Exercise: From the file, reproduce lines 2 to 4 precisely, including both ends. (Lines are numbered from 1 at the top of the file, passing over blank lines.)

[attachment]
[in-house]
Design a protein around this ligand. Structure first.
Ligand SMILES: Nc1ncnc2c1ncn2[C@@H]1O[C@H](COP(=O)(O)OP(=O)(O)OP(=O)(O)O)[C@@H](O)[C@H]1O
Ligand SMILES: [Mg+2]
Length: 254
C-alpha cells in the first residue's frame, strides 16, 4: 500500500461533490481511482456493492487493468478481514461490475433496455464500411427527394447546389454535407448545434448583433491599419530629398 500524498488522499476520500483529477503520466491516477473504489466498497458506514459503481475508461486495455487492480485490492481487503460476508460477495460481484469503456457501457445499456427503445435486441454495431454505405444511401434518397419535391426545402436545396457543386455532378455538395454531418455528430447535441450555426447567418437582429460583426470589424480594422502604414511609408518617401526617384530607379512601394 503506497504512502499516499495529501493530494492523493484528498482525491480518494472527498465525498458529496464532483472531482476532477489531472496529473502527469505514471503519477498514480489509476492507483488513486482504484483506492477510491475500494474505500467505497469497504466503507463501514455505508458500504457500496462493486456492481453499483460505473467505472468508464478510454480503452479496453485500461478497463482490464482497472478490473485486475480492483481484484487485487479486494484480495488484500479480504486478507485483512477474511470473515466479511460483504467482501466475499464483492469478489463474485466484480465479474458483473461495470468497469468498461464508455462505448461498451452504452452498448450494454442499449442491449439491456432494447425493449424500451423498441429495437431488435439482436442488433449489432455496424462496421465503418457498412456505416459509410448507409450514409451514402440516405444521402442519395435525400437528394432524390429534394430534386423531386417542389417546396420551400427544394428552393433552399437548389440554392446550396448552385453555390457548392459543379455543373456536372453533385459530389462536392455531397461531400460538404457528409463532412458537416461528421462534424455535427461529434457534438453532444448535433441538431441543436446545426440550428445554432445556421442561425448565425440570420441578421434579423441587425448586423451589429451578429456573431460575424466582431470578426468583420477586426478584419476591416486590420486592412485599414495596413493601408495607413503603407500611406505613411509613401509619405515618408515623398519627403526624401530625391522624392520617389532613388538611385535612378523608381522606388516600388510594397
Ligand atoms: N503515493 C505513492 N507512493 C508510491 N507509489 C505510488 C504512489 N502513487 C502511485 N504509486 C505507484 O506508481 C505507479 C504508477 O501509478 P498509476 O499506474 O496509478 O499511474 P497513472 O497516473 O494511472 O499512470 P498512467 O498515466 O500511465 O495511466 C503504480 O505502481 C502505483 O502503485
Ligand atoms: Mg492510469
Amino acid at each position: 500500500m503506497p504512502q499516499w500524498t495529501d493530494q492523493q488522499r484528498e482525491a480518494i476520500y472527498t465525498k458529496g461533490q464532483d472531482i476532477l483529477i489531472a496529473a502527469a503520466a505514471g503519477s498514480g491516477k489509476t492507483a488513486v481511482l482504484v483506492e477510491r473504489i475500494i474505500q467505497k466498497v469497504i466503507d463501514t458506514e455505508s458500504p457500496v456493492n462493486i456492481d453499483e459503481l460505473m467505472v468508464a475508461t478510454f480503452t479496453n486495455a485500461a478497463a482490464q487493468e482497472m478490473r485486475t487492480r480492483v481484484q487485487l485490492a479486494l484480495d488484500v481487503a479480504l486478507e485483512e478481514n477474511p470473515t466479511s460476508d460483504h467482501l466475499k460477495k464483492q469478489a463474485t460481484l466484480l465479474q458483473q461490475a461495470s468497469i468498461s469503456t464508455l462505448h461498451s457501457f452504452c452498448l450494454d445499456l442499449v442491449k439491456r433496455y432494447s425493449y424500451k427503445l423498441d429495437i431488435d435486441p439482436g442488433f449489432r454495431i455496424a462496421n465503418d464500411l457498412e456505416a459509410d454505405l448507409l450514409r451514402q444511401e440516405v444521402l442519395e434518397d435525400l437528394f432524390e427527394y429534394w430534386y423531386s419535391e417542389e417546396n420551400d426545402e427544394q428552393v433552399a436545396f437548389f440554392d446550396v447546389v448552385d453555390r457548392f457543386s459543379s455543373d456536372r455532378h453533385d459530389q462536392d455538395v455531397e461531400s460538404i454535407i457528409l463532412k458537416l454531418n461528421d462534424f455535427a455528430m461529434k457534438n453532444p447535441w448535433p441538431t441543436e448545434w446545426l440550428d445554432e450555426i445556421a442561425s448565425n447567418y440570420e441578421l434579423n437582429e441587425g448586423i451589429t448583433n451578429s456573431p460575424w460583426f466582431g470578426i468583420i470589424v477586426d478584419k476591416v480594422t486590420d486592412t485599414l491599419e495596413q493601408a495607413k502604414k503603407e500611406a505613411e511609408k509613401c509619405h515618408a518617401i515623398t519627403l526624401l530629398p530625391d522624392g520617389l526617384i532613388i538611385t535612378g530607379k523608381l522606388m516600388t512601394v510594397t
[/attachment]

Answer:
Design a protein around this ligand. Structure first.
Ligand SMILES: Nc1ncnc2c1ncn2[C@@H]1O[C@H](COP(=O)(O)OP(=O)(O)OP(=O)(O)O)[C@@H](O)[C@H]1O
Ligand SMILES: [Mg+2]